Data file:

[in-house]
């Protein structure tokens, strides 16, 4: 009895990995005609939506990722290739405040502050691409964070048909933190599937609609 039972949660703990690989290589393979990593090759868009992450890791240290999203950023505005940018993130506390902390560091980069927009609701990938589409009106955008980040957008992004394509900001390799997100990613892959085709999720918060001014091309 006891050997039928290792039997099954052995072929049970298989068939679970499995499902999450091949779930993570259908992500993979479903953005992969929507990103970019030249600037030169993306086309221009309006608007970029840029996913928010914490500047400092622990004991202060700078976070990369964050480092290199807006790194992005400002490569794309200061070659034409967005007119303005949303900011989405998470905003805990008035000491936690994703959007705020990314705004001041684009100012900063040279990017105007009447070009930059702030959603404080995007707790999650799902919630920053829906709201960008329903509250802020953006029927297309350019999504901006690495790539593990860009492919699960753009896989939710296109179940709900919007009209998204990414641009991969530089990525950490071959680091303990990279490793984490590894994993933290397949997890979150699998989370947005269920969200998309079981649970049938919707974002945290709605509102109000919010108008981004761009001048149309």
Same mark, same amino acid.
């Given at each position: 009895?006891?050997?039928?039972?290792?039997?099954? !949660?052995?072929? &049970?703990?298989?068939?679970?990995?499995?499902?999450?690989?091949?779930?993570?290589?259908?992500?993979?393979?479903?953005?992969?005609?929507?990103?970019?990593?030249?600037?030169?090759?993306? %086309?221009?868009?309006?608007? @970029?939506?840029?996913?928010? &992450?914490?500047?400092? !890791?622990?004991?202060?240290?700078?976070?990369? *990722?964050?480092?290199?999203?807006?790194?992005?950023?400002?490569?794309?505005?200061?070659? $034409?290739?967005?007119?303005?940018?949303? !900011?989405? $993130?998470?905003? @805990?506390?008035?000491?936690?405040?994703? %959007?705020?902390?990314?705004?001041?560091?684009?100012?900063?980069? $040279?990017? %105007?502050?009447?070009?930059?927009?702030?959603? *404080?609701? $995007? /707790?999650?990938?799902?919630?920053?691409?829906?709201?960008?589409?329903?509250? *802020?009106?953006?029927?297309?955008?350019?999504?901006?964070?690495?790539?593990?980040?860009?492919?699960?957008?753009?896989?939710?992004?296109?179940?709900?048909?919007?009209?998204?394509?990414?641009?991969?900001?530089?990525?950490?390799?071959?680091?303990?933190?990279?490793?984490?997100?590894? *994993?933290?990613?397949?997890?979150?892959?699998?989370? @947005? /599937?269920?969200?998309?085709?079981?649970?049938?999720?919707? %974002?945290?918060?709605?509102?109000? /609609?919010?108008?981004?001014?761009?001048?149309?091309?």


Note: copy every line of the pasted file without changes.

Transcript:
[in-house]
């Protein structure tokens, strides 16, 4: 009895990995005609939506990722290739405040502050691409964070048909933190599937609609 039972949660703990690989290589393979990593090759868009992450890791240290999203950023505005940018993130506390902390560091980069927009609701990938589409009106955008980040957008992004394509900001390799997100990613892959085709999720918060001014091309 006891050997039928290792039997099954052995072929049970298989068939679970499995499902999450091949779930993570259908992500993979479903953005992969929507990103970019030249600037030169993306086309221009309006608007970029840029996913928010914490500047400092622990004991202060700078976070990369964050480092290199807006790194992005400002490569794309200061070659034409967005007119303005949303900011989405998470905003805990008035000491936690994703959007705020990314705004001041684009100012900063040279990017105007009447070009930059702030959603404080995007707790999650799902919630920053829906709201960008329903509250802020953006029927297309350019999504901006690495790539593990860009492919699960753009896989939710296109179940709900919007009209998204990414641009991969530089990525950490071959680091303990990279490793984490590894994993933290397949997890979150699998989370947005269920969200998309079981649970049938919707974002945290709605509102109000919010108008981004761009001048149309």
Same mark, same amino acid.
């Given at each position: 009895?006891?050997?039928?039972?290792?039997?099954? !949660?052995?072929? &049970?703990?298989?068939?679970?990995?499995?499902?999450?690989?091949?779930?993570?290589?259908?992500?993979?393979?479903?953005?992969?005609?929507?990103?970019?990593?030249?600037?030169?090759?993306? %086309?221009?868009?309006?608007? @970029?939506?840029?996913?928010? &992450?914490?500047?400092? !890791?622990?004991?202060?240290?700078?976070?990369? *990722?964050?480092?290199?999203?807006?790194?992005?950023?400002?490569?794309?505005?200061?070659? $034409?290739?967005?007119?303005?940018?949303? !900011?989405? $993130?998470?905003? @805990?506390?008035?000491?936690?405040?994703? %959007?705020?902390?990314?705004?001041?560091?684009?100012?900063?980069? $040279?990017? %105007?502050?009447?070009?930059?927009?702030?959603? *404080?609701? $995007? /707790?999650?990938?799902?919630?920053?691409?829906?709201?960008?589409?329903?509250? *802020?009106?953006?029927?297309?955008?350019?999504?901006?964070?690495?790539?593990?980040?860009?492919?699960?957008?753009?896989?939710?992004?296109?179940?709900?048909?919007?009209?998204?394509?990414?641009?991969?900001?530089?990525?950490?390799?071959?680091?303990?933190?990279?490793?984490?997100?590894? *994993?933290?990613?397949?997890?979150?892959?699998?989370? @947005? /599937?269920?969200?998309?085709?079981?649970?049938?999720?919707? %974002?945290?918060?709605?509102?109000? /609609?919010?108008?981004?001014?761009?001048?149309?091309?």